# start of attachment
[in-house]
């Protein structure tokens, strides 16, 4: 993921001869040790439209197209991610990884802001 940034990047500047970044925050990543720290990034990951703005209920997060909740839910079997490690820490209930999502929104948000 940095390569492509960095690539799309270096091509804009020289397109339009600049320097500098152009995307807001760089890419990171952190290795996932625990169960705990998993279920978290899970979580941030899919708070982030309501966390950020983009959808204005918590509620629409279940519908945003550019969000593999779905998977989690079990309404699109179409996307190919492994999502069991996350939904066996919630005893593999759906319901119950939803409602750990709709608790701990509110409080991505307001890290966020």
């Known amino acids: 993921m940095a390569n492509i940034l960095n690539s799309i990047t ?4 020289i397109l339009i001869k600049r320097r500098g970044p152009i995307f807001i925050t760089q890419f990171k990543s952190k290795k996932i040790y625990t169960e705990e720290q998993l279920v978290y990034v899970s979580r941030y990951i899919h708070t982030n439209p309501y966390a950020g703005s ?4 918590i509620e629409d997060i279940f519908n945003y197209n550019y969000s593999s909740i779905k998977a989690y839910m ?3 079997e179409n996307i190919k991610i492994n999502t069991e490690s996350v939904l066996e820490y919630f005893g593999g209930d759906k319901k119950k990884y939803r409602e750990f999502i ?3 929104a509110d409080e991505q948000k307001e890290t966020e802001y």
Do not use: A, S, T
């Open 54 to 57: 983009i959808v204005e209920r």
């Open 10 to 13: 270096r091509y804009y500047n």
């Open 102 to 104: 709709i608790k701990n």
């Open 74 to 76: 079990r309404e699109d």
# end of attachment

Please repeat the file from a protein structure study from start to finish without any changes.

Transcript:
[in-house]
């Protein structure tokens, strides 16, 4: 993921001869040790439209197209991610990884802001 940034990047500047970044925050990543720290990034990951703005209920997060909740839910079997490690820490209930999502929104948000 940095390569492509960095690539799309270096091509804009020289397109339009600049320097500098152009995307807001760089890419990171952190290795996932625990169960705990998993279920978290899970979580941030899919708070982030309501966390950020983009959808204005918590509620629409279940519908945003550019969000593999779905998977989690079990309404699109179409996307190919492994999502069991996350939904066996919630005893593999759906319901119950939803409602750990709709608790701990509110409080991505307001890290966020």
């Known amino acids: 993921m940095a390569n492509i940034l960095n690539s799309i990047t ?4 020289i397109l339009i001869k600049r320097r500098g970044p152009i995307f807001i925050t760089q890419f990171k990543s952190k290795k996932i040790y625990t169960e705990e720290q998993l279920v978290y990034v899970s979580r941030y990951i899919h708070t982030n439209p309501y966390a950020g703005s ?4 918590i509620e629409d997060i279940f519908n945003y197209n550019y969000s593999s909740i779905k998977a989690y839910m ?3 079997e179409n996307i190919k991610i492994n999502t069991e490690s996350v939904l066996e820490y919630f005893g593999g209930d759906k319901k119950k990884y939803r409602e750990f999502i ?3 929104a509110d409080e991505q948000k307001e890290t966020e802001y």
Do not use: A, S, T
């Open 54 to 57: 983009i959808v204005e209920r």
């Open 10 to 13: 270096r091509y804009y500047n």
């Open 102 to 104: 709709i608790k701990n």
């Open 74 to 76: 079990r309404e699109d």